Hannah Tomlinson makes her Bat Flips and Nerds debut, as she visited one of MLB UK’s 108 Sessions in London.
So, there it was, in an abandoned warehouse-cum-brewery-cum-music venue, the first sign of major league baseball in London. The 108 sessions, so-called because of the 108 stitches on a baseball, was one of a series of events MLB is putting on in the lead up to the London Series. Alerted to the event only two days prior, one question came to mind. What was MLB London up to? Living within walking distance of the address, I had to find out.
I read up online about what appeared to be a music event, inspired by and synonymous with two of America’s most renowned baseball cities, Detroit and Chicago. Oh, and London. I was still none the wiser. What music in my city was interweaved with baseball? How does this fit into the build up of the London Series? What on earth does it all mean?!
And so, armed with intrigue, I took the short walk to Mick’s Garage, Hackney Wick. I am very familiar with this area (it is home to one of my favourite breweries – Crate) and when I arrived and saw the event in progress, my questions about why no longer seemed relevant. Like many buildings in Hackney Wick, Mick’s Garage is an old warehouse surrounded by redevelopment. I’m not sure whether using this location was a conscious decision, or whether it was chosen simply because of its proximity to The London Stadium, but looking back it was absolutely the ideal venue for this event. The old with the new. The old being the similarity to what I imagined to be some of the ‘gritty streets’ of Detroit and Chicago – or perhaps more appropriately, Boston and New York. The new being baseball in London. The London Series tagline – Old Rivalry, New Ground.
The outside of the venue looked fantastic. Major League Baseball written in bold on the top of the door. The logos of the Tigers, White Sox, Cubs painted on the wall. I hadn’t registered for a ticket but one of the bouncers was kind enough to let me go inside to have a peak. The venue was packed. I can’t say I was a fan of the music being played but that’s irrelevant. It looked like (well, it is) a keg warehouse that had been hastily transformed into an underground music venue. That was the charm. This isn’t the kind of event I’m known to attend and it didn’t at all fit into my image of what this series would be. It was odd and didn’t make sense. But after seeing a huge MLB logo lit up on the wall I instantly felt a connection, however bizarre it might have been. I felt excited. This is happening! Another event with a Major League Baseball theme. In London, in the UK.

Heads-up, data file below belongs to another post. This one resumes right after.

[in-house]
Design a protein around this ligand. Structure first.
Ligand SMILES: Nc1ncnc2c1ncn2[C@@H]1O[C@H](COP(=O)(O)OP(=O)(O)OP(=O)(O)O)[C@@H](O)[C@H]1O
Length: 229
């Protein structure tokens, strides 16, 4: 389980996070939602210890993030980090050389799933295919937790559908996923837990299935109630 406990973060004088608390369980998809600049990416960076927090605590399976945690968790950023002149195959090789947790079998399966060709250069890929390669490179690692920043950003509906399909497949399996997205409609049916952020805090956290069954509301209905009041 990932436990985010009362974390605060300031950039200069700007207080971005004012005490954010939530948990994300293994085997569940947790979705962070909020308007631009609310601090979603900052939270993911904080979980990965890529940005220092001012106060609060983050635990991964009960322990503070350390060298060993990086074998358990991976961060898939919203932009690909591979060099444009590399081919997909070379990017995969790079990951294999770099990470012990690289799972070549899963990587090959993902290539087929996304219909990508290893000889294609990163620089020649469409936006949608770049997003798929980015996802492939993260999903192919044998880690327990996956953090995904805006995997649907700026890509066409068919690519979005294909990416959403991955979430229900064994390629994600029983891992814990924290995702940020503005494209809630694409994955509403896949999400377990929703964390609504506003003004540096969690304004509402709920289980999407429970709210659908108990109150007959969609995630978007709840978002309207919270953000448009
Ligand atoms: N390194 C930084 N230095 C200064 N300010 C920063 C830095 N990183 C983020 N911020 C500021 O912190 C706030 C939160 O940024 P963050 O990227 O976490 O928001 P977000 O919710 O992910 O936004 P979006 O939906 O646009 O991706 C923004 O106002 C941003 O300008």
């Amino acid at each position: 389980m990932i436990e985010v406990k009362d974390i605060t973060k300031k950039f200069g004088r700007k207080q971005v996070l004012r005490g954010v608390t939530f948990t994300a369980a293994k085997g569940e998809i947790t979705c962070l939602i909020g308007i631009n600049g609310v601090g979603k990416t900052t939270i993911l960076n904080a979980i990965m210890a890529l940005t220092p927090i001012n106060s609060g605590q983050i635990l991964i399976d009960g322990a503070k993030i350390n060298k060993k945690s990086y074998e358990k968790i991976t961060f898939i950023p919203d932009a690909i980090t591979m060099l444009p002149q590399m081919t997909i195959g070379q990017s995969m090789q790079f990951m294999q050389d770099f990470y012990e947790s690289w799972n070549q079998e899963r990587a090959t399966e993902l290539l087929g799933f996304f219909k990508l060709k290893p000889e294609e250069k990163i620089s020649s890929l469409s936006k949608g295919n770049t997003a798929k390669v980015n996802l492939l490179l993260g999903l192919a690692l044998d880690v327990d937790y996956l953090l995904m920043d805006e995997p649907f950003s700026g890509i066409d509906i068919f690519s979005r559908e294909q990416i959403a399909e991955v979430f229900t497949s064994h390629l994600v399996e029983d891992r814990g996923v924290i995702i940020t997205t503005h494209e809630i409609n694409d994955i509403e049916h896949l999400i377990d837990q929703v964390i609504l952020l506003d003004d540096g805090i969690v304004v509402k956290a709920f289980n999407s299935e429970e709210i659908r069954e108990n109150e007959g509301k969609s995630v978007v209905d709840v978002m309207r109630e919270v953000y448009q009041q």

When I first arrived to scout things out, it could not have seemed more random. I’ll admit that I sneered. I have spent the 2018 season hanging out with fellow British baseball fans, enjoying games together in person and discussing them online. Naturally, I expected any marketing to be directed at people like myself. But this event wasn’t. If I could have done a poll on how many people attending the event had found out about it via the MLB London twitter account, I would be surprised if 5% had said yes. That is the point, though. People like me don’t need to be converted. I’d be at the London Series whether it was the Yankees v Red Sox or the Rangers v the Reds (no offence, guys). Baseball in the UK has nowhere near the reach that the NFL did when it announced its first London game. So, the task ahead of MLB London is enormous and consequently a slightly different approach is needed. Following Sunday’s event, I re watched the original promo video for the UK series and it fits perfectly. Slowly but surely, I am starting to understand this approach.
I, like many of the existing posse of UK baseball fans, have been wondering ever since the London Series was announced why MLB has been so quiet. If this is the kind of thing they’ve been working on, good for them. Whatever the strategy, this event drew a crowd. Was it a conventional crowd? Was it the marketing I would have predicted? Absolutely not. Did it work? Yes. Did some of the people attending this event also go to MLB Battlegrounds last year? Will these people buy tickets for the London Series? Who knows. But people came, it’s a start. If a few of the people who came to Sunday’s event turn up to the London Series, its an experiment that worked. Who am I to question that. A sport I have loved from thousands of miles away for 25 years is coming to a stadium that I can see out of my bedroom window. It doesn’t get any better than that.